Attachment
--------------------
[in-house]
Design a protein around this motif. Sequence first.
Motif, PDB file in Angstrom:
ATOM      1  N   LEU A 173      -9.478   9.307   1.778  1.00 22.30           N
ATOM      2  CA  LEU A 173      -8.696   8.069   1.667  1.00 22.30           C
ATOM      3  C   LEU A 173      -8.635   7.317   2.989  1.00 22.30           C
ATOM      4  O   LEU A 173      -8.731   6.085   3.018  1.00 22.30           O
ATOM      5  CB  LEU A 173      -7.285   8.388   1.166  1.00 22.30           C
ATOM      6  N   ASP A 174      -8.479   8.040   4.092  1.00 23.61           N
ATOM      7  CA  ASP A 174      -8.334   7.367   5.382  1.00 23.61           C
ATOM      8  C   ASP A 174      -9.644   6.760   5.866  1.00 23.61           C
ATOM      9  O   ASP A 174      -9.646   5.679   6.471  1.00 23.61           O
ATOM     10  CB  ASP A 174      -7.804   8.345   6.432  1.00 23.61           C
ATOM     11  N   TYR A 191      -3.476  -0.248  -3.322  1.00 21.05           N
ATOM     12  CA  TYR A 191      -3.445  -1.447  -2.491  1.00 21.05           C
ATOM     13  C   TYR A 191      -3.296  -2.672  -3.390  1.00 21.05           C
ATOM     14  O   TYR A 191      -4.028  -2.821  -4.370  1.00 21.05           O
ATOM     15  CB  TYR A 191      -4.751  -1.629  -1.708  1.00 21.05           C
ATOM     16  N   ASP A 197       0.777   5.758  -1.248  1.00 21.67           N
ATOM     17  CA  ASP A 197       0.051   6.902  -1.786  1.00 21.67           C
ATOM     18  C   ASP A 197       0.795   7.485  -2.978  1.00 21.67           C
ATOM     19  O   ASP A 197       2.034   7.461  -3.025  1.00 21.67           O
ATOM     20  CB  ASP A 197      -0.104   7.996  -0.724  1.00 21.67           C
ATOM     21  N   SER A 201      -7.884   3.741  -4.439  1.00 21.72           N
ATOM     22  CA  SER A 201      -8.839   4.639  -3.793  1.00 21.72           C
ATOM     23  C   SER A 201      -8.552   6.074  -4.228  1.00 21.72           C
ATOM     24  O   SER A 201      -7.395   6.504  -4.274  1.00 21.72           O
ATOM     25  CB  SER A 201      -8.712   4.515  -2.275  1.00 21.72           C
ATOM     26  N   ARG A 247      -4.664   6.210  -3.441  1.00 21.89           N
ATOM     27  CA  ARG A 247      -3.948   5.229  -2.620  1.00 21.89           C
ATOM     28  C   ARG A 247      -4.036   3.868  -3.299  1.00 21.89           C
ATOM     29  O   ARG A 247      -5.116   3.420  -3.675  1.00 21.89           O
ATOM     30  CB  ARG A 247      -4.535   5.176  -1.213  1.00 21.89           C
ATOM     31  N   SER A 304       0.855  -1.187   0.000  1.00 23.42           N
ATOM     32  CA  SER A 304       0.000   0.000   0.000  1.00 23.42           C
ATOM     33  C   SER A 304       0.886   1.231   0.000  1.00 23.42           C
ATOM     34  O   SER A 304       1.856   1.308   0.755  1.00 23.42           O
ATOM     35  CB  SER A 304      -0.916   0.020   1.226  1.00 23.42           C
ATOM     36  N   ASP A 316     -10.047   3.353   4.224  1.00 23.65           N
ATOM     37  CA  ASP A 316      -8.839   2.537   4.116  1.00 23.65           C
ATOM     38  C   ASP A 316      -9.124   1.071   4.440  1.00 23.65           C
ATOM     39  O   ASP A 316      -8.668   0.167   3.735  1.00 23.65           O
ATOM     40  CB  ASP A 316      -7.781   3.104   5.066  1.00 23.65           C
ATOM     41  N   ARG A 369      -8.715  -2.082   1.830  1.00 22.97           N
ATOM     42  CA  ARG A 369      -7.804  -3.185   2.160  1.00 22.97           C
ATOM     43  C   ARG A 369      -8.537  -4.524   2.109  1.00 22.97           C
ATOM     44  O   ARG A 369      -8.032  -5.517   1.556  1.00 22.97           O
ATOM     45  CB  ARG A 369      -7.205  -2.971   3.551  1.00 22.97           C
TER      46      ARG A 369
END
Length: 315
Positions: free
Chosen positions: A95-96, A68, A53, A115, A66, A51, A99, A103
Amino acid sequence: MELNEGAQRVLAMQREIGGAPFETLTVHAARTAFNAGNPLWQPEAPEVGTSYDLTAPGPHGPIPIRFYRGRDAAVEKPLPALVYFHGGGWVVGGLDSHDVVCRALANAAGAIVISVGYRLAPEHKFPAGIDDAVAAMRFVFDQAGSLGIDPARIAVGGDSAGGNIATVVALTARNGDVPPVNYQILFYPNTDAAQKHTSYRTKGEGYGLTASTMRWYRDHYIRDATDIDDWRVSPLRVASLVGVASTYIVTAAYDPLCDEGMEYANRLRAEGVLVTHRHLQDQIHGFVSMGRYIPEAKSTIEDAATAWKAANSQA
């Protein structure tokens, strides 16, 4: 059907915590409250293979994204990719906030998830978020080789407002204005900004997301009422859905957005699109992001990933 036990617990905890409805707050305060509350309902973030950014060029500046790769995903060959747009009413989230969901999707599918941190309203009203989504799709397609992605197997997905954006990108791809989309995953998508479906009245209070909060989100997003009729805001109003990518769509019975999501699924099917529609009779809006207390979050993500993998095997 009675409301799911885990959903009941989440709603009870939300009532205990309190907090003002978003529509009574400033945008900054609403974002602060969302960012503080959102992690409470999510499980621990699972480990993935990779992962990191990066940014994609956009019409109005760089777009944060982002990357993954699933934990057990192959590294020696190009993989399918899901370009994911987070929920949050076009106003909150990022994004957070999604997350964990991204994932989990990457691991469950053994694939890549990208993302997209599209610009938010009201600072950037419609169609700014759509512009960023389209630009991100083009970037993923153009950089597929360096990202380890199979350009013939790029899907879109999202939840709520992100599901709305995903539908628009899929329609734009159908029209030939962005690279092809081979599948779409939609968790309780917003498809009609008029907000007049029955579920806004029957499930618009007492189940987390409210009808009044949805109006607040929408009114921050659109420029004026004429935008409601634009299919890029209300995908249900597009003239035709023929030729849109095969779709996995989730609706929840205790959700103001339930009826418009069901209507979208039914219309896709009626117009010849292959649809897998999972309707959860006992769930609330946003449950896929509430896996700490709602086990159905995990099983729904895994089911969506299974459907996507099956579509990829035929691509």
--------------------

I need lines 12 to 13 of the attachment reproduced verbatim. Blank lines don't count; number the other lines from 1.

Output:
ATOM      9  O   ASP A 174      -9.646   5.679   6.471  1.00 23.61           O
ATOM     10  CB  ASP A 174      -7.804   8.345   6.432  1.00 23.61           C